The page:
Global Patterns of Marek’s Disease Spread and Vaccination09 August 2016
Marek's disease is an important affliction of poultry flocks worldwide, and can cause mortality rates of up to 100 per cent. A speaker at Merial's Global Avian Forum, in Barcelona in April this year, discussed the prevalence and spread of the disease across the globe.
Contamination of poultry houses with Marek’s disease virus is considered to be common because Marek’s disease vaccines do not prevent against infection and subsequent transmission.
"So that's why the virus is generally ubiquitous in most commercial areas - because the virus is present in the vaccinated birds, and then it becomes very difficult to get rid of," said John Dunn, permanent scientist at the US Department of Agriculture's Avian Disease and Oncology Laboratory.
He added: "This is why it's critical for commercial poultry to be vaccinated against Marek's disease."
How is Marek's disease transmitted?
Marek’s disease virus transmission occurs in the feather dust as early as 2 weeks after exposure, peaks at approximately 3-5 weeks and continues indefinitely at quantities as high as 109 virus copies per chicken per day, irrespective of vaccination status.
Infected feather dust can remain infectious in a poultry house for at least several months at 20-25°C and for years at 4°C.
The continuous transmission, long survivability of the virus, and large population of birds all favour a significant viral load within a poultry house, thus requiring constant vigilance and vaccination of all replacement flocks.
Determining global levels of Marek's disease
Although Marek’s disease outbreaks are occasionally reported in the literature, in general it is difficult to determine the global status of Marek’s disease.
There are several reasons for this:
- Marek’s disease is not a notifiable disease;
- Low level losses after Marek’s disease vaccination are generally accepted and treated as normal, since it is known that vaccination failures occur at low frequency;
- Occurrence of Marek’s disease is often linked to financial claims between rearing companies and hatcheries or hatcheries and vaccine manufacturers - often such cases are not made public; and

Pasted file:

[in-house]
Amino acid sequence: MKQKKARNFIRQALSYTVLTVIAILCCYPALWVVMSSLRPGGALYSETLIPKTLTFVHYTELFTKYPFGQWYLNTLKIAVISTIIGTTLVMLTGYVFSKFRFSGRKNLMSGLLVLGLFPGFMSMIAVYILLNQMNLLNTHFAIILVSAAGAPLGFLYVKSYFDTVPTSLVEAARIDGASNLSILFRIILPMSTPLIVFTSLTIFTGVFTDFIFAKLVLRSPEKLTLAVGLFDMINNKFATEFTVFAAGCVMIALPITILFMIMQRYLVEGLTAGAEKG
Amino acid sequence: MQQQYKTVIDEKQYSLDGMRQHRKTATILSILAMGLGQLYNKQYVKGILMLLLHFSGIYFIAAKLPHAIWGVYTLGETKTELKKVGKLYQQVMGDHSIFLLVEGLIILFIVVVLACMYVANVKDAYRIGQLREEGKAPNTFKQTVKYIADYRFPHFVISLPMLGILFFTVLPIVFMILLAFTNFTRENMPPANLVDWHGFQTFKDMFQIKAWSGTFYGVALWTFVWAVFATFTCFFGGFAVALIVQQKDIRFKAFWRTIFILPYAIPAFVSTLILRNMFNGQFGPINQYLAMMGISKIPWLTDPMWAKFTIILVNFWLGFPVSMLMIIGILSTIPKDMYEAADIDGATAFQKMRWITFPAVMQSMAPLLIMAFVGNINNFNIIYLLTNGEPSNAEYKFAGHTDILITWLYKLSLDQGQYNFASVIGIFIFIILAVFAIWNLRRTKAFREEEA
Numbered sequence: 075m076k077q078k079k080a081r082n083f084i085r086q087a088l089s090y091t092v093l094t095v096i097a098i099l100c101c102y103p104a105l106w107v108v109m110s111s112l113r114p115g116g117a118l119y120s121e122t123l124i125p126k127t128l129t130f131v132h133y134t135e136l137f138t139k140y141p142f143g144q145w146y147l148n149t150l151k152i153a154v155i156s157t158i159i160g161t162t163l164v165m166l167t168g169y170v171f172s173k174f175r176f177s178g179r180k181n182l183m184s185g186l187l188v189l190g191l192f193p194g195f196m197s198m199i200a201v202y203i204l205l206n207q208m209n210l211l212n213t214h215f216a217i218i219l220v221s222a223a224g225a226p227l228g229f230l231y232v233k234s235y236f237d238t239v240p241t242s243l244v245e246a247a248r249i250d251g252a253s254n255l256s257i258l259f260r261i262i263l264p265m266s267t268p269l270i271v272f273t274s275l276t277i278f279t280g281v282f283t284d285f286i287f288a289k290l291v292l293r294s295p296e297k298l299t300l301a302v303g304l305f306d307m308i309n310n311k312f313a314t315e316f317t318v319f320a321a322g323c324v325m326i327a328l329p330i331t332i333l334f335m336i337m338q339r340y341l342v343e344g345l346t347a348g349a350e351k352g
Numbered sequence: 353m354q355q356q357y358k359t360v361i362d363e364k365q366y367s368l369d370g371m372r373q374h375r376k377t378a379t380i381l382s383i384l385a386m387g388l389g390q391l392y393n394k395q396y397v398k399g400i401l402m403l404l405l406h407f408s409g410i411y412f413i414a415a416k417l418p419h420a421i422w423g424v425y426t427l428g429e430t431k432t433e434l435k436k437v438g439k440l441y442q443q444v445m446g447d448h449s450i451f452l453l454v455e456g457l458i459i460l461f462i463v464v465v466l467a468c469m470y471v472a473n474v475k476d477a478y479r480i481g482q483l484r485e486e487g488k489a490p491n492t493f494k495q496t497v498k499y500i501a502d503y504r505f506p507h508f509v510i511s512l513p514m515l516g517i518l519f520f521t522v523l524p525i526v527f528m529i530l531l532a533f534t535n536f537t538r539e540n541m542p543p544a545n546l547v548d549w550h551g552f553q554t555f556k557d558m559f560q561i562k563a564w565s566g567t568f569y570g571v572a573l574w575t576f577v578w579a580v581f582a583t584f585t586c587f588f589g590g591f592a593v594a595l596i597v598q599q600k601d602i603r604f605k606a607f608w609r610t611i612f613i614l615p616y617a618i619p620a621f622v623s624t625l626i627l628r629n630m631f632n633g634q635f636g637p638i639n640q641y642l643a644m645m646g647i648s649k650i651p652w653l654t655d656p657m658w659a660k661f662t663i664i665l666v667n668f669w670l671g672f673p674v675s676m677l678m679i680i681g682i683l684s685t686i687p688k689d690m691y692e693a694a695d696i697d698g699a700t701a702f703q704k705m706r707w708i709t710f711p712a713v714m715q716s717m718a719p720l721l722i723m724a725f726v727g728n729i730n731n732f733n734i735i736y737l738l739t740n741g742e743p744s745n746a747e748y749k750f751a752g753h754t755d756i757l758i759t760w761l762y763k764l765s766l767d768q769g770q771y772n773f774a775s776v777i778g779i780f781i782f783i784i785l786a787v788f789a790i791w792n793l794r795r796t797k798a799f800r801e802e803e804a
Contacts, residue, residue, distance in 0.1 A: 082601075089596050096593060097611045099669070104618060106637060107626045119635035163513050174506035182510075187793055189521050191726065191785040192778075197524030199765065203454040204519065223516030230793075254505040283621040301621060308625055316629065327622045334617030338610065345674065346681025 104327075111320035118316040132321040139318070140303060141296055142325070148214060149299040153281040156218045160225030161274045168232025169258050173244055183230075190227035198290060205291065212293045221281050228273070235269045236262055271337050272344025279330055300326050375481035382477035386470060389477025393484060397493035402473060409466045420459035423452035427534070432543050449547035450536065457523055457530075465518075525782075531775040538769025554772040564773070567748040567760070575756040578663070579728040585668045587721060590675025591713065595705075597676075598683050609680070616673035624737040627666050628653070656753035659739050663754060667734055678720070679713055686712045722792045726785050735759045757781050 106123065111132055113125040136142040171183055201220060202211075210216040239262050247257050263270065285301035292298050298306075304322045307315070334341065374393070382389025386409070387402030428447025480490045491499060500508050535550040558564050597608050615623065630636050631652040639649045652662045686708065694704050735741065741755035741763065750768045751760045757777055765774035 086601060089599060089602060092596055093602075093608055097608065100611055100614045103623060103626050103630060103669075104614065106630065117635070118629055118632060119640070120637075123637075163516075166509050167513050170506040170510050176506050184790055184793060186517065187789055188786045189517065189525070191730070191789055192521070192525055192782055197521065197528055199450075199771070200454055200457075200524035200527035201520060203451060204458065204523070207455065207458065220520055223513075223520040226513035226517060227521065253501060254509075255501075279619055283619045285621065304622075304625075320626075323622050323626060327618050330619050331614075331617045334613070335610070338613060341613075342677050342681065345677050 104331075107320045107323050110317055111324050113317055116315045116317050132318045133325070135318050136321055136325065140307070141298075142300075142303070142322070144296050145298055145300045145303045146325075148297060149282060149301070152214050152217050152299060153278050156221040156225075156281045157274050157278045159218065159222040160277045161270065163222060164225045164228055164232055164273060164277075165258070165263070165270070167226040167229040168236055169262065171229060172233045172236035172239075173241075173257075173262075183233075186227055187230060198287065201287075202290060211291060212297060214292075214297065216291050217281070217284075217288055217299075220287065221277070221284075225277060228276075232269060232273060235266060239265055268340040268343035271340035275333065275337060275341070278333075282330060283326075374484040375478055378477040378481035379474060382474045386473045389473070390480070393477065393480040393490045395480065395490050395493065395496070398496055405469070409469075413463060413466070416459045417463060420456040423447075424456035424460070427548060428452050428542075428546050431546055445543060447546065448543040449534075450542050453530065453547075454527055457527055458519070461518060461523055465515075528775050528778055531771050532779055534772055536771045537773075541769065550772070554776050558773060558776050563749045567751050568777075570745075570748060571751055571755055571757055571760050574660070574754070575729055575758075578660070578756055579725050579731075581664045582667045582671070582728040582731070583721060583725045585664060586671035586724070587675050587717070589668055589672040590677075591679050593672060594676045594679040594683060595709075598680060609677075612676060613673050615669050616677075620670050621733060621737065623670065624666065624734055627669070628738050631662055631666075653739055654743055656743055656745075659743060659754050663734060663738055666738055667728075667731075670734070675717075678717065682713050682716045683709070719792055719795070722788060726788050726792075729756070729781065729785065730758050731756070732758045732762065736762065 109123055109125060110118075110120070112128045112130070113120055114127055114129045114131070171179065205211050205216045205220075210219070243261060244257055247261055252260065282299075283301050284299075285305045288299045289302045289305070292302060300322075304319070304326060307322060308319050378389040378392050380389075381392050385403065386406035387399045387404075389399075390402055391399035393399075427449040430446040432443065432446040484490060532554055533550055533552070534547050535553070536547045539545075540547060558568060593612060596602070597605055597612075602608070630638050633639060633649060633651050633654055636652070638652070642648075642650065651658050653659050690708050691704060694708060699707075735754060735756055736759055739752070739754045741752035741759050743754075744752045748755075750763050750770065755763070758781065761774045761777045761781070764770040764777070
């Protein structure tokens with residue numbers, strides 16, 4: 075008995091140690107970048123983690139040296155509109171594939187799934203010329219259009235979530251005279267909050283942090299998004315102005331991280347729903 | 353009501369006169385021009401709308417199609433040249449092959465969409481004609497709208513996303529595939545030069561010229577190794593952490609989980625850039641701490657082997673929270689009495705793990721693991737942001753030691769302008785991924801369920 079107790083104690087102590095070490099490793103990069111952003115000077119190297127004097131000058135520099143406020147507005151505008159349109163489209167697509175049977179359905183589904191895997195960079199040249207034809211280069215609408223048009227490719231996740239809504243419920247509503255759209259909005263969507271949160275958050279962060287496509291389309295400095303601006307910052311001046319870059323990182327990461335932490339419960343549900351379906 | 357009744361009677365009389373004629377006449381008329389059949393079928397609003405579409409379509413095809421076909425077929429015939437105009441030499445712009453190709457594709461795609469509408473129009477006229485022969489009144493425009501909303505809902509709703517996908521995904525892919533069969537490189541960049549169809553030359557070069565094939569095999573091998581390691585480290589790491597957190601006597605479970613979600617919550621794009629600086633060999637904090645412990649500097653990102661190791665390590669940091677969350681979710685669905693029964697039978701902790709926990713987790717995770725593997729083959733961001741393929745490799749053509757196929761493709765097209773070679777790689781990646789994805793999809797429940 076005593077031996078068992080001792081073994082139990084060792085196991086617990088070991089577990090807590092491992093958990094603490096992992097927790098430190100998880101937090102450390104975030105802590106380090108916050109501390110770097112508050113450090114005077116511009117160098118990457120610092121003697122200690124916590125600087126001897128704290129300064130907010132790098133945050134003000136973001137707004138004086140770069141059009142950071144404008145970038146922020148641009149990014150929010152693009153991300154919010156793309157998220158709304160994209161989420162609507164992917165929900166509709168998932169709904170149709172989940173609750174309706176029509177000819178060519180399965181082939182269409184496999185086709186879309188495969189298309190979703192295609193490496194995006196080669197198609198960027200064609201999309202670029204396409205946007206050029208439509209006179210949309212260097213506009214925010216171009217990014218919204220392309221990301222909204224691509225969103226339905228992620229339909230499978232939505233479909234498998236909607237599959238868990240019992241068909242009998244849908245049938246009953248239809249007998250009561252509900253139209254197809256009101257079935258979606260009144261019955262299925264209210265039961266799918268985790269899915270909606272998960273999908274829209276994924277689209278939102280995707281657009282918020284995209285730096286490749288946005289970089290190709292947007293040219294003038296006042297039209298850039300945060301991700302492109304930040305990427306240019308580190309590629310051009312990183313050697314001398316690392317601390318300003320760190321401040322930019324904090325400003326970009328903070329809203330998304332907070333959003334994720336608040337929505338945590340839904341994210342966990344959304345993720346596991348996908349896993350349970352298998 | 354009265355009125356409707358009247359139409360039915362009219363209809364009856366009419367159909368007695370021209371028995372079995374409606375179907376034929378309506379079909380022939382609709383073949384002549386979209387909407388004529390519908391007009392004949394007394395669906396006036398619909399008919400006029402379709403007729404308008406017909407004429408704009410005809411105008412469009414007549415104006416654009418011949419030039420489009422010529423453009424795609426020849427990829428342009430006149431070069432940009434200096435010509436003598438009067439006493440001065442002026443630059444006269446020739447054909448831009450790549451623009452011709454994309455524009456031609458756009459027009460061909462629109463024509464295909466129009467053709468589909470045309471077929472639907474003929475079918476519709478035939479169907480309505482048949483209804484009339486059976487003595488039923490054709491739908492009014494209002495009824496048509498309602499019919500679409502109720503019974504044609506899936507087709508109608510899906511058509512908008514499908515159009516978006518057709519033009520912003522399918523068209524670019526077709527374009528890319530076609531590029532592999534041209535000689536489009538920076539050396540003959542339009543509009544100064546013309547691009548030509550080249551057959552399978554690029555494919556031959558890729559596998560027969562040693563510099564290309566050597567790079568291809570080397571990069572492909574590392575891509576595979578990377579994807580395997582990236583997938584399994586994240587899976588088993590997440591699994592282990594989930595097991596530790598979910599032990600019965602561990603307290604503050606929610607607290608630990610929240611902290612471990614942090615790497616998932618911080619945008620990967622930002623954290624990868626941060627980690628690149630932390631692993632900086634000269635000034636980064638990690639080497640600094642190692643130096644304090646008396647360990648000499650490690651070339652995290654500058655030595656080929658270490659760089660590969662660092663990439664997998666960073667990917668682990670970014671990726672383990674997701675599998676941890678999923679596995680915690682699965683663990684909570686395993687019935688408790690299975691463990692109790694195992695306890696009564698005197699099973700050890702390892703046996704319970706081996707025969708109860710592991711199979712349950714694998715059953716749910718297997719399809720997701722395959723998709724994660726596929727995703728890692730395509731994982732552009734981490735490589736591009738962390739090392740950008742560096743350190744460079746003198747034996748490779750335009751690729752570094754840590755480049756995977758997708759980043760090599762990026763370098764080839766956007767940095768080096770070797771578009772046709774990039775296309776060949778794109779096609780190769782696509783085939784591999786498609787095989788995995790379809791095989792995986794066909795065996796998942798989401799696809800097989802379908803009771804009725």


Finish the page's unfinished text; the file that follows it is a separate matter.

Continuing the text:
- Since prevention of the disease requires optimal hygiene and management, besides several other measures, many Marek’s disease cases are not reported in order to avoid damaging the reputation of the company concerned.
The negative effects of immunosuppression caused by Marek’s disease virus infection are even more difficult to estimate.
Although results are subjective, surveys appear to be the best current method for assessing the worldwide status of Marek’s disease. Mr Dunn and his colleagues conducted a survey looking at diagnosis of the disease in 2013 (figure 1).
Figure 1. Percentage of questionnaires indicating frequent Marek's disease diagnosis per country.
Within the US, Mr Dunn and colleagues are able to utilise poultry slaughter condemnation data for young broilers and are able to characterise virus isolates by pathotyping and comparison to historical isolates.
Together, these data provide an important context for worldwide status, which provides a basis for determining current vaccine needs.
The worldwide status of Marek’s disease virus and vaccination
Marek’s disease vaccines have proven to be highly successful in the control of Marek’s disease outbreaks, although outbreaks still occur in vaccinated flocks under some conditions.
In Mr Dunn's most recent worldwide survey, 40 per cent of respondents reported Marek’s disease outbreaks were either never or almost never diagnosed in their country within the last year. Slightly more reported Marek’s disease outbreaks were periodically diagnosed.
Only three reports from Poland, South Africa and Malaysia listed frequent diagnosis of Marek’s disease outbreaks in broiler farms, pullet farms receiving HVT+Rispens vaccination, or on breeder and layer farms receiving double dosage of Rispens, respectively.
Nearly half of those surveyed indicated that Marek’s disease caused significant economic loss during the last year, although this was largely attributed to vaccination costs and vaccination failures.
With respect to disease protection, 82 per cent were satisfied with the protection of currently available vaccines, although 38 per cent indicated that Marek’s disease vaccines with efficacy greater than Rispens would be useful in their operations now.
However, 68 per cent reported that they did not need to increase the use of more protective vaccines for Marek’s disease during the last 5 years in order to maintain adequate control.
In the US, Marek’s disease has remained at historical low incidence since reaching a record low in 2007 (0.0008 per cent) as measured by leukosis condemnation rates in broilers at slaughter.
In Mr Dunn's recent survey, 68 per cent from the US reported that Marek’s disease outbreaks were never or almost never diagnosed in the last year, while 15 per cent reported that the incidence of Marek’s disease has increased during the last 5 years.
Satisfaction with current Marek’s disease vaccines was nearly unanimous, although about 33 per cent reported that they needed to increase the use of more protective vaccines for Marek’s disease during the last 5 years to maintain adequate control.
Mr Dunn said that his team's most recent pathotyping assays of Marek’s disease virus isolates from broiler, breeder and layer flocks matched the pathogenicity of the most virulent strains in their collection, although they found no evidence of a significant shift in virus evolution.